The popularity of Pope Francis is well-deserved as he has finally brought the Catholic Christian faith out of the middle ages. His concern for the well-being of the poor indicates his use of papal authority to positively affect the world. Similarly, his belief that the gay community should not suffer abuses reveals that he would rather promote compassion as opposed to judgement. These, among many other actions taken by the Bishop of Rome, have made him a celebrity of sorts in the political and religious worlds. Unfortunately, the Pope is using his status to venture into the political realm. While this is not uncommon of individuals that have held his position, or other religious leaders, lines must be drawn.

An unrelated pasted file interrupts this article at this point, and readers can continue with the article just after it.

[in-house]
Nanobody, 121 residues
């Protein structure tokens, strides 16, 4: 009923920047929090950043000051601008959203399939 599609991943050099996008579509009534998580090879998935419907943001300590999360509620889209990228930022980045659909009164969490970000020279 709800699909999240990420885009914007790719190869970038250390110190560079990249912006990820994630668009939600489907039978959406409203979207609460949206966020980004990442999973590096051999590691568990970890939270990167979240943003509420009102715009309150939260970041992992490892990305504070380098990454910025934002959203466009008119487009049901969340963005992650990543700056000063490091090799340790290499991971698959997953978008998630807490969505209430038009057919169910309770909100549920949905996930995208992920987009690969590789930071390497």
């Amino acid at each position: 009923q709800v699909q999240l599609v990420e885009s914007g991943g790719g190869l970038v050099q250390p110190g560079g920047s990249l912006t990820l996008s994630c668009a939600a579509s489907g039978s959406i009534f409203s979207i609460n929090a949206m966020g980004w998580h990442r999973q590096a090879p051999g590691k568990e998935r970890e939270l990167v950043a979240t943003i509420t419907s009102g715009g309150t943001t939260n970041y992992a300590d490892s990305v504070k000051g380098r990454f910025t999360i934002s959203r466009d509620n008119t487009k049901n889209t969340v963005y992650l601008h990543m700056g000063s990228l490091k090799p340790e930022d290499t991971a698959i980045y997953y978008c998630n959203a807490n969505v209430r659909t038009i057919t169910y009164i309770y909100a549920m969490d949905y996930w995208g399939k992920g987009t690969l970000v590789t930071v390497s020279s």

The issue with the Pope’s position in society arises when he forsakes his obligations in order to advance a political agenda. The first example of this is the Pope’s acceptance of John Boehner’s invitation to address Congress in the United States. Given his position in society, addressing a government that has been unresponsive to its population due to political clashes (bipartisan politics in this case) is not an ideal setting for a major religious leader. Rather, it might be more fitting to spend his time in the United States in a manner that suits his position, such as detainees being held unfairly in Guantanamo Bay. Alternatively, the Pope has declined to meet with the Dalai Lama. The justification for this development is that it might hurt efforts to normalize relations with China. When the government of South Africa behaved similarly, Archbishop Desmond Tutu promptly condemned them. Given the position of the Pope as a beacon of morality and hope for the oppressed and marginalized, this action is both shocking and enlightening. It is enlightening as it reveals that, unfortunately, the importance of politics for an institution such as the Catholic Church may cause it to stray from its fundamental mission.